The cited studies in the concensus aren’t considered strong scientific evidence since many were done in animals and often at much higher doses than typical, or through self-reports by women who took Tylenol during pregnancy (observational data is considered among the least reliable). Much of the criticim of these studies are that they have imperfect controls—which makes it really hard to separate what factors actually drive the results.

So at this point, there’s no definite proof that appropriate acetaminophen use negatively impacts babies, but that doesn’t mean you shouldn’t tread with caution. To be safe, experts recommend taking the lowest dose for the shortest possible time or trying alternative ways to relieve pain first. And of course, before taking any sort of medication or supplement during pregnancy, you should always consult your healthcare provider.

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How to Relieve Headaches and Back Pain Naturally During Pregnancy

Two of the most common complaints during pregnancy are headaches and back pain (along with round ligament pain). “Body aches are more common during later pregnancy and can be treated with massage or Tylenol, if needed. For body aches, the most important thing is to try to prevent them by staying active and eating a healthy, balanced diet when you can,” says Dr. Yamaguchi.

If you’d like to avoid using medication, consider trying these natural ways to ease discomfort:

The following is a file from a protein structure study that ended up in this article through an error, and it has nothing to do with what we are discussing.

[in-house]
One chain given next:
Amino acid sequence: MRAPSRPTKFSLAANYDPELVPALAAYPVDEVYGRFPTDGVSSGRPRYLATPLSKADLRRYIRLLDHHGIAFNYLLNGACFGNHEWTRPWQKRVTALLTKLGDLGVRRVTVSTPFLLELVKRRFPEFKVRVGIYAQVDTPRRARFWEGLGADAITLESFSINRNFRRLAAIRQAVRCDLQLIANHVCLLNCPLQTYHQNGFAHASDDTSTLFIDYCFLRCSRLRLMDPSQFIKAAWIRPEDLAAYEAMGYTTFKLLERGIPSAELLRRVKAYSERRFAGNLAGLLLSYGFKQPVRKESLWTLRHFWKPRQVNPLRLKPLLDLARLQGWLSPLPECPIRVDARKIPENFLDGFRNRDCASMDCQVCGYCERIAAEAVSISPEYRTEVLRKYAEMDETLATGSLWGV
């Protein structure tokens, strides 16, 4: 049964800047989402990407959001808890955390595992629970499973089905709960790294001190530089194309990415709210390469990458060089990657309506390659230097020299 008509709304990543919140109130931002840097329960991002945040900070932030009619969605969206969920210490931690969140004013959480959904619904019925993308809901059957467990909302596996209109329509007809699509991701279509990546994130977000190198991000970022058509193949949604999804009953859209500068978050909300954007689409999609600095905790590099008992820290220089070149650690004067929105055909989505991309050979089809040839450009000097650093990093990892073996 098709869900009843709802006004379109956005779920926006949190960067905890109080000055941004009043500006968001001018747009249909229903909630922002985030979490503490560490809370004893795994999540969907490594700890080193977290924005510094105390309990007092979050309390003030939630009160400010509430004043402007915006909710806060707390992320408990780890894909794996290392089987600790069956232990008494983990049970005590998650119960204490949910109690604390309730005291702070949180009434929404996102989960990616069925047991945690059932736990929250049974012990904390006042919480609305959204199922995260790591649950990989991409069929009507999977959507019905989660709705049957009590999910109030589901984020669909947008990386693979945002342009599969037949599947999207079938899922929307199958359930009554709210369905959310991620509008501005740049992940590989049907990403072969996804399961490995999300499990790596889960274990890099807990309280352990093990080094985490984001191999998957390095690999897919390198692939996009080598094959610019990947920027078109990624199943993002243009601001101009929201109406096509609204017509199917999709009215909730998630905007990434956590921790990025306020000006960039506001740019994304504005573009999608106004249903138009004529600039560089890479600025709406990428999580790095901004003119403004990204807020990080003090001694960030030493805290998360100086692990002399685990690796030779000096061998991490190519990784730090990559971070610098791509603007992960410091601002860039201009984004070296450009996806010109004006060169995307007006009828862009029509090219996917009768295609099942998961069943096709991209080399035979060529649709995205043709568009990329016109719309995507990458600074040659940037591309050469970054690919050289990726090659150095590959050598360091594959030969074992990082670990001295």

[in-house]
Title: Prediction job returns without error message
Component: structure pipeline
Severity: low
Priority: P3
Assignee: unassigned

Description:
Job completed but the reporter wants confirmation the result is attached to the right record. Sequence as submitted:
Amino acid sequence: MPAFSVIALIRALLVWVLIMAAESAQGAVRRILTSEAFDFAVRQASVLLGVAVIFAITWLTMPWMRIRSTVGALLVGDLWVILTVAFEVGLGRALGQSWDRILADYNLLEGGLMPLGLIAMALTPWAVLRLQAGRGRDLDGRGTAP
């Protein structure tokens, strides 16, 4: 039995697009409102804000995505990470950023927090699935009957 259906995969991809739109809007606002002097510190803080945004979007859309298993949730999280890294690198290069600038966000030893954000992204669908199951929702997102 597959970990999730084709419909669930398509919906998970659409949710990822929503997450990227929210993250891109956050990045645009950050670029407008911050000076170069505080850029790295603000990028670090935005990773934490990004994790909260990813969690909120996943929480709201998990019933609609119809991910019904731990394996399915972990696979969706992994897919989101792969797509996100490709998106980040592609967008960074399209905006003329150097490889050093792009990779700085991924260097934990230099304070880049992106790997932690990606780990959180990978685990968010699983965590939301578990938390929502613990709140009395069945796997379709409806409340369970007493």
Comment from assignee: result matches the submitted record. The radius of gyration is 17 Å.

• Stretches or prenatal yoga: Gentle exercises release tension and strengthen the muscles that support your baby bump, helping to relieve back pain. The focus on deep breathing in yoga can also help reduce tension headaches.
  • Meditation: Practicing regular meditation—even if it’s just for a few minutes a day—can lower your stress level and reduce the pain and frequency of headaches. Getting an app like Expectful (a pregnancy-specific meditation app), Calm or Headspace can help make it easy to do.
  • Hot or cold packs: Hot packs can relieve pain from sinus headaches as well as general muscle aches, while cold packs may work better for tension headaches.
  • Prenatal massage: This form of massage for pregnant people relaxes tight muscles and can lower stress levels, which can be helpful for many pregnancy aches and pains.
  • Belly belts: These rigid belts help support your baby bump and take pressure off your back.
  • Water: Dehydration can sometimes cause headaches. Be sure to drink lots of water and snack on foods high in water content, like watermelon, cucumbers and celery.
  • Body pillows: Using a pregnancy pillow between your legs when you lie on your side reduces pressure on the lower back. Many people also use pillows to cushion their baby bump or put it behind their backs for extra support when they sleep.

These home remedies for pain relief can be a big help. But if you’re experiencing severe or frequent pain or have a fever, it’s important to talk to your healthcare provider right away. They can provide pain-relief suggestions and guidance on over-the-counter medications, and be sure that what you’re experiencing isn’t part of a bigger issue. Plus, being reassured by your doctor that everything you’re doing is safe for your growing baby relieves stress, too.

This information is provided for educational and entertainment purposes only. We do not accept any responsibility for any liability, loss or risk, personal or otherwise, incurred as a consequence, directly or indirectly, from any information or advice contained here. Babylist may earn compensation from affiliate links in this content. Learn more about how we write Babylist content and the Babylist Health Advisory Board.